Yet bones are not lifeless structures. The outer layer of bone is hard and dense, but inside is porous with spaces for bone marrow. The matrix within bone is arranged in multiple layers with central canals containing blood vessels and nerve fibres.
Bones are made up of a fibrous material called collagen, that has mineral deposits packed into it, the principle two being calcium and phosphorus. The deposition of calcium and phosphorus in bones is a dynamic process; throughout life there is a constant turnover of minerals and bone cells.
Osteocytes (bone cells), like any bodily cell, require access to nutrients, nervous impulses, hormones and waste disposal. The term ‘Peak Bone Density’ (PBD) describes bones at their strongest and most mineral rich; which is normally achieved at around 30 years of age.
Loss of bone density is a normal part of the ageing process, but some people lose bone density much faster than others. This can lead to osteoporosis and an increased risk of fractures.
According to Juliet Compston, Professor of Bone Medicine at the University of Cambridge; for long-term bone health it is important to start early.
“After the age of 40, everyone starts to lose bone. If you live to 90, you’ll have thinnish bones, whatever you do. For strong bones you need good genes, plus plenty of weight-bearing exercise, to avoid smoking or excess alcohol, stay in the normal weight range and get adequate vitamin D from sunlight and calcium from the diet.” (5)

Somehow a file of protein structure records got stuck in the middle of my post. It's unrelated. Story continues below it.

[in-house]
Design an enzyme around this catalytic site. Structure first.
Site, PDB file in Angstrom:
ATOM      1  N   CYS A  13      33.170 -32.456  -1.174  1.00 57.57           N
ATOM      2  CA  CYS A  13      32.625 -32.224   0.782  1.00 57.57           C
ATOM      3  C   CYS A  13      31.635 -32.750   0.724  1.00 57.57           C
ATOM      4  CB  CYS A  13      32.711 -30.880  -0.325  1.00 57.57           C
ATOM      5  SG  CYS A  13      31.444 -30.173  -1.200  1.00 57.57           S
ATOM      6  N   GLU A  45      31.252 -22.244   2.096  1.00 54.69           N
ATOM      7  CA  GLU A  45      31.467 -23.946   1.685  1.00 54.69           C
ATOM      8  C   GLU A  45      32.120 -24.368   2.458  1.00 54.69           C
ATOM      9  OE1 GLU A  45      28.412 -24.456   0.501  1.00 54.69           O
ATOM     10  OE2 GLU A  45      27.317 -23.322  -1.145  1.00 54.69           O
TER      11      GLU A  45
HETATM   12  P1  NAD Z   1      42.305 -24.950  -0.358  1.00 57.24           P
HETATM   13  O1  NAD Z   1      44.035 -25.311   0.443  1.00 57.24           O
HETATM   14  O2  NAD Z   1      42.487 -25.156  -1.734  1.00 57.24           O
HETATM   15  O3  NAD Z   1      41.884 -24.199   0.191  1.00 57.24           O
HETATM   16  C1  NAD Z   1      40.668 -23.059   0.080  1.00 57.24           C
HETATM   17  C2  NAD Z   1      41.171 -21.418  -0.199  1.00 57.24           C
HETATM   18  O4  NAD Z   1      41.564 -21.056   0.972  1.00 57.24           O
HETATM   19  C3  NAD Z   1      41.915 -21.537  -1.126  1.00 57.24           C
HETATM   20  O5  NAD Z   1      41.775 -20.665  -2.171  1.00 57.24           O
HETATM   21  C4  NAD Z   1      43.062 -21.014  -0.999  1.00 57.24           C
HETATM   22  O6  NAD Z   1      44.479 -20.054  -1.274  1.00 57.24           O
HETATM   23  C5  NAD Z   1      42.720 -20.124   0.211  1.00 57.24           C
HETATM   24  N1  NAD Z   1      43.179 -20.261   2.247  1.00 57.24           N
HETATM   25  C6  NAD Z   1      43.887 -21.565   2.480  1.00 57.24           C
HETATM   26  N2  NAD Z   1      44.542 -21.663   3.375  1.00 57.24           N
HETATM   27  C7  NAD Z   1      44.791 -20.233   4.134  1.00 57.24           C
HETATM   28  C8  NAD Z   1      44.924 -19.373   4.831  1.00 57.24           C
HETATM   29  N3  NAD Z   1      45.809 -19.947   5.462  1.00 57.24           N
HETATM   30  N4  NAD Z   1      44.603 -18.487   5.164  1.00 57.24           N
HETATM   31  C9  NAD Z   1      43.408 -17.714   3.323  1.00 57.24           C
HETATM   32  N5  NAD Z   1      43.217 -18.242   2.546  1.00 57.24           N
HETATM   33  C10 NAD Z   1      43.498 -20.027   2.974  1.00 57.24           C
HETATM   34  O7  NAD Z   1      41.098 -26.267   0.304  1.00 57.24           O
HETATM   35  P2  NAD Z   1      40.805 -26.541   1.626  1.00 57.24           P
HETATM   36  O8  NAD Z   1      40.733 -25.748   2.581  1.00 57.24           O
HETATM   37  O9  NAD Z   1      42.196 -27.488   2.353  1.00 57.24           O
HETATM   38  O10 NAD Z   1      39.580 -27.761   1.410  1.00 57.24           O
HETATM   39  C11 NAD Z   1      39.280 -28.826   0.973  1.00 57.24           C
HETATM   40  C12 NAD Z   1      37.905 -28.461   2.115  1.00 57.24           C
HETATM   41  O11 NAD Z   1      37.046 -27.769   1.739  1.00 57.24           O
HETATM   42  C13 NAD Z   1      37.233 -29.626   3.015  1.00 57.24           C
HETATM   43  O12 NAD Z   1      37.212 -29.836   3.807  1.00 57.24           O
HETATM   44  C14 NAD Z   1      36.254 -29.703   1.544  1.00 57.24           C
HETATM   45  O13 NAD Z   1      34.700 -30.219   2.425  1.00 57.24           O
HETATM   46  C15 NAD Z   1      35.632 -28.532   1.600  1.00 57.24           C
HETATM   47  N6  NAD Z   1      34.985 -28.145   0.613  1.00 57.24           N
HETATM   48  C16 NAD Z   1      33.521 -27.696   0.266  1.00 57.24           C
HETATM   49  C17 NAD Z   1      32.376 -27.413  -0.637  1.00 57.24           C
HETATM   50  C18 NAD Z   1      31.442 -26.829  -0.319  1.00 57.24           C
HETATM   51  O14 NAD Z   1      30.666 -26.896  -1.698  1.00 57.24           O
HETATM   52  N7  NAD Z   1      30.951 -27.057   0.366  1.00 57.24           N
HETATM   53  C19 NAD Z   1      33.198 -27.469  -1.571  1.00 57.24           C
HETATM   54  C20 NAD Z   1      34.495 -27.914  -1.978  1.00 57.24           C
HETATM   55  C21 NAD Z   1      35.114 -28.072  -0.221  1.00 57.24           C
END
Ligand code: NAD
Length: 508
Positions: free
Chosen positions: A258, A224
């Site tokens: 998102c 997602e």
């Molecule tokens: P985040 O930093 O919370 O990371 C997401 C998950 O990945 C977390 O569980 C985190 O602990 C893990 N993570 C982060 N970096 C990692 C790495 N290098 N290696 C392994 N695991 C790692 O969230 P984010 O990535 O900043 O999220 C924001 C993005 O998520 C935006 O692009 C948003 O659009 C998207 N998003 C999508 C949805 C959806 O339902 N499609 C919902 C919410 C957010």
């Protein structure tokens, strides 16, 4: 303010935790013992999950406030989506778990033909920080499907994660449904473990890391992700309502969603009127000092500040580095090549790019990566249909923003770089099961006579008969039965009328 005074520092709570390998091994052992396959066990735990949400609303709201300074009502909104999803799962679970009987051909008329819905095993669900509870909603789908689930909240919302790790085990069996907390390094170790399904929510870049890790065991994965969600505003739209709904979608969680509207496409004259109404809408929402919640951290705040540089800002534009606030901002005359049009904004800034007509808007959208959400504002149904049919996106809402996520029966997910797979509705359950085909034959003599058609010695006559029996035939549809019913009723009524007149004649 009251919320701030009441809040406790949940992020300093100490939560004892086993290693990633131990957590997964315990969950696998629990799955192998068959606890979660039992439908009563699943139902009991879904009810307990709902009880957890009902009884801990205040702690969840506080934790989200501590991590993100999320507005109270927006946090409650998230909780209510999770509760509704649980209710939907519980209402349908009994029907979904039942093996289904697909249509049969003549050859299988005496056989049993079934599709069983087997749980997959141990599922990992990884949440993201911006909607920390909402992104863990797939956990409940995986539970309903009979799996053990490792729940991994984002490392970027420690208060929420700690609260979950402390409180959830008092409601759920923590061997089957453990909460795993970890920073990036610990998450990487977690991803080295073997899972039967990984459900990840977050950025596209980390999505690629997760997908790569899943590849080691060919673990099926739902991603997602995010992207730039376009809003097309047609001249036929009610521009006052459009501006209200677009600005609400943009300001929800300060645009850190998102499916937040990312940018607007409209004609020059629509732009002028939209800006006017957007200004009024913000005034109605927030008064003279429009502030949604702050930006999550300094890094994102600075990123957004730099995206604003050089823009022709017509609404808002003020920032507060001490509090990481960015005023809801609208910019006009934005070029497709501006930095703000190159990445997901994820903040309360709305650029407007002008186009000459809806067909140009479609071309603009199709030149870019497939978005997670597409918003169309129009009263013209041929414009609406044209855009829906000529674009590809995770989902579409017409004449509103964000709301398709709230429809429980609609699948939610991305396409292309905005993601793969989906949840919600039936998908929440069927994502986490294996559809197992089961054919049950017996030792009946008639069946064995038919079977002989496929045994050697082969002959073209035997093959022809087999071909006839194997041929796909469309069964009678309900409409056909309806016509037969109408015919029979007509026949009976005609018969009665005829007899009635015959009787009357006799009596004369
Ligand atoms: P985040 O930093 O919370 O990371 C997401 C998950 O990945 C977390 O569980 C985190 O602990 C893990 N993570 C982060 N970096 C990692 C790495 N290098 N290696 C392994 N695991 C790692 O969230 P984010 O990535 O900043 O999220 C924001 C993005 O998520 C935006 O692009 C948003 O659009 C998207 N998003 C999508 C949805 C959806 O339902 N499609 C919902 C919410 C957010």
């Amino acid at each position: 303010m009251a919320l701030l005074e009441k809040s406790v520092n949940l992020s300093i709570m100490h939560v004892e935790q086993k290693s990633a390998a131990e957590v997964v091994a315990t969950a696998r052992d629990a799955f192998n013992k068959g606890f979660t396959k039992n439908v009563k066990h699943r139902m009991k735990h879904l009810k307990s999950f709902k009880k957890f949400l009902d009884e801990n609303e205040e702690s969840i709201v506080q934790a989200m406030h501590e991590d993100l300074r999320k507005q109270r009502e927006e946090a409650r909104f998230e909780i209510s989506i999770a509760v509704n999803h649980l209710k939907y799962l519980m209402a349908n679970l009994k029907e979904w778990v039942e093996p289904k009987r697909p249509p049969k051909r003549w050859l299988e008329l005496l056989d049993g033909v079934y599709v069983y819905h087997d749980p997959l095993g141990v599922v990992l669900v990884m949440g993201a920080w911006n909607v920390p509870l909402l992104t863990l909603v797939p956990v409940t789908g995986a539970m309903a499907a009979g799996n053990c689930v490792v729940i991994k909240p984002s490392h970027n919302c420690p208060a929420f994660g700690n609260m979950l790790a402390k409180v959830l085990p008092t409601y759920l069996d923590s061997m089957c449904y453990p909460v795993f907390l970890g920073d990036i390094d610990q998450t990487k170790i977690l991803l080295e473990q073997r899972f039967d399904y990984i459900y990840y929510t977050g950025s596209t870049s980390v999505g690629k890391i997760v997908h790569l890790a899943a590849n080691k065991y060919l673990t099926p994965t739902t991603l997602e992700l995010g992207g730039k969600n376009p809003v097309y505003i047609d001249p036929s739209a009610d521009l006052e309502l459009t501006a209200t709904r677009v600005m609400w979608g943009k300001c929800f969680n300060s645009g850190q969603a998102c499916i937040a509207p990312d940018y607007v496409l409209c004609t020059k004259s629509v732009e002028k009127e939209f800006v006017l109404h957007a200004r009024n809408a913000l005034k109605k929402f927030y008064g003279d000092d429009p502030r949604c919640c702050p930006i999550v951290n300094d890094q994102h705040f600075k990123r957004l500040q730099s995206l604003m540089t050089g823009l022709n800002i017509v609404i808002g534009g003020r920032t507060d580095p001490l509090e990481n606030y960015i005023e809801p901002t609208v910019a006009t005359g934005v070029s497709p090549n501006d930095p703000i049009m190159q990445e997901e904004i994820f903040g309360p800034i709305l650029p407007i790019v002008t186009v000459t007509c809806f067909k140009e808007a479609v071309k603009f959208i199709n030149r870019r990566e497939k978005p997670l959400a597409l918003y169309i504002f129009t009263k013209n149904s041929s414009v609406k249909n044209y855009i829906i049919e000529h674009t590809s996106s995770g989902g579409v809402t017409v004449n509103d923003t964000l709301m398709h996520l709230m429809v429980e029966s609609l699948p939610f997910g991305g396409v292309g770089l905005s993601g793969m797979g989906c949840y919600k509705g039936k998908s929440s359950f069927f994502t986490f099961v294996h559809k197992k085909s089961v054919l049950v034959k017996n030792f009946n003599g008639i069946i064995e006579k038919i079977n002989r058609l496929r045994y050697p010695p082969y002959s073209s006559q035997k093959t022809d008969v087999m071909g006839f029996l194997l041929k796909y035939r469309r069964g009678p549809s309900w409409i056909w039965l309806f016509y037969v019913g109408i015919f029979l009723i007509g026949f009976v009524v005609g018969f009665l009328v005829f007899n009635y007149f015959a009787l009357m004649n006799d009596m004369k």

For those that did not receive this advice soon enough, there are medical treatments available in the form of drugs called bisphosphonates.
Unfortunately, like all chemical drugs, these band-aids suppress the symptoms rather than encourage actual healing, and are now known to cause adverse reactions in the elderly which include; (6)
- Osteonecrosis of the jaw – a disease caused by reduced blood flow by which bones start to die and break down.
- Atrial fibrillation – a heart condition that causes an irregular and often abnormally fast heart rate.
- Suppression of bone turnover – the prevention of new bone cells forming at all.
It remains to be seen if future generations will look back on such medical ‘treatments’ as absurd, illogical and bizarre. For now, let us remember that crisis care (of advanced conditions) requires crisis management (in the form of synthetic chemical medications).
For the youth of today however, and for the parents, guardians and teachers tasked with the education of pre-PBD bodies and minds; it is surely appropriate to encourage physical activity and mineral dense diets to diminish the possibility of developing conditions such as osteoporosis in older age.
Osteoporosis, which translates simply as “porous bones”, begs the questions of whether it is should be classified as a disease at all; or a merely a literal description of the types of symptoms that can occur through a lifetime of poor diet and sedentary living.
NH21 salutes the work of BJSM and hopes that it spurs people into action, literally, in order to safeguard their personal health and avoid the perils of orthodox western ‘medicine’ in future years.